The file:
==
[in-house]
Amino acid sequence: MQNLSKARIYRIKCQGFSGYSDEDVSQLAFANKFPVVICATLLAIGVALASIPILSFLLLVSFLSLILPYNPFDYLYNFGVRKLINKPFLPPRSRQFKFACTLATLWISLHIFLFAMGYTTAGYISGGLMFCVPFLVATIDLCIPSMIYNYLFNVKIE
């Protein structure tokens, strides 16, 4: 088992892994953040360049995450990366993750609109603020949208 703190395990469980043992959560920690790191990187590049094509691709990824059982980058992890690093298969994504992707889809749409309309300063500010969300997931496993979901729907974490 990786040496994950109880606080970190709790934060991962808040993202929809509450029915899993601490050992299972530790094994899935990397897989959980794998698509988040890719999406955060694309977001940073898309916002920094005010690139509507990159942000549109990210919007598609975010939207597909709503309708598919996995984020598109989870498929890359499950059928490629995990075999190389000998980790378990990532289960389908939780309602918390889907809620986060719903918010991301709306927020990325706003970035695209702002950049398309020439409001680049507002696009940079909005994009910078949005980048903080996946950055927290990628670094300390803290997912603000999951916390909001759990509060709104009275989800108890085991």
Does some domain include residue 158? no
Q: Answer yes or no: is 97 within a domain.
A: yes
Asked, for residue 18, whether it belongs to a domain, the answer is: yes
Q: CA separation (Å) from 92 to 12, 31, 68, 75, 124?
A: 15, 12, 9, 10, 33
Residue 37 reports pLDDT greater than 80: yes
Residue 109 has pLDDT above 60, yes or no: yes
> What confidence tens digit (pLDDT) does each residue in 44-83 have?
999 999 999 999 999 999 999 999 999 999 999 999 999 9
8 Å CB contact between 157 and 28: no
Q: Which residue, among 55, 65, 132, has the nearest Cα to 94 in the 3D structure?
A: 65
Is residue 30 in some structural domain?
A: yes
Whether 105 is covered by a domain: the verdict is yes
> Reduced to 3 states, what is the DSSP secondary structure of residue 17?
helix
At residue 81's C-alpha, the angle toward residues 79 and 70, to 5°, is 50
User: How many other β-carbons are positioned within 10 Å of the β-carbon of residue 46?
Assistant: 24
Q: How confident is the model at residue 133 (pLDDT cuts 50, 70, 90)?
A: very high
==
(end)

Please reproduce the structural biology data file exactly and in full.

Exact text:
[in-house]
Amino acid sequence: MQNLSKARIYRIKCQGFSGYSDEDVSQLAFANKFPVVICATLLAIGVALASIPILSFLLLVSFLSLILPYNPFDYLYNFGVRKLINKPFLPPRSRQFKFACTLATLWISLHIFLFAMGYTTAGYISGGLMFCVPFLVATIDLCIPSMIYNYLFNVKIE
């Protein structure tokens, strides 16, 4: 088992892994953040360049995450990366993750609109603020949208 703190395990469980043992959560920690790191990187590049094509691709990824059982980058992890690093298969994504992707889809749409309309300063500010969300997931496993979901729907974490 990786040496994950109880606080970190709790934060991962808040993202929809509450029915899993601490050992299972530790094994899935990397897989959980794998698509988040890719999406955060694309977001940073898309916002920094005010690139509507990159942000549109990210919007598609975010939207597909709503309708598919996995984020598109989870498929890359499950059928490629995990075999190389000998980790378990990532289960389908939780309602918390889907809620986060719903918010991301709306927020990325706003970035695209702002950049398309020439409001680049507002696009940079909005994009910078949005980048903080996946950055927290990628670094300390803290997912603000999951916390909001759990509060709104009275989800108890085991």
Does some domain include residue 158? no
Q: Answer yes or no: is 97 within a domain.
A: yes
Asked, for residue 18, whether it belongs to a domain, the answer is: yes
Q: CA separation (Å) from 92 to 12, 31, 68, 75, 124?
A: 15, 12, 9, 10, 33
Residue 37 reports pLDDT greater than 80: yes
Residue 109 has pLDDT above 60, yes or no: yes
> What confidence tens digit (pLDDT) does each residue in 44-83 have?
999 999 999 999 999 999 999 999 999 999 999 999 999 9
8 Å CB contact between 157 and 28: no
Q: Which residue, among 55, 65, 132, has the nearest Cα to 94 in the 3D structure?
A: 65
Is residue 30 in some structural domain?
A: yes
Whether 105 is covered by a domain: the verdict is yes
> Reduced to 3 states, what is the DSSP secondary structure of residue 17?
helix
At residue 81's C-alpha, the angle toward residues 79 and 70, to 5°, is 50
User: How many other β-carbons are positioned within 10 Å of the β-carbon of residue 46?
Assistant: 24
Q: How confident is the model at residue 133 (pLDDT cuts 50, 70, 90)?
A: very high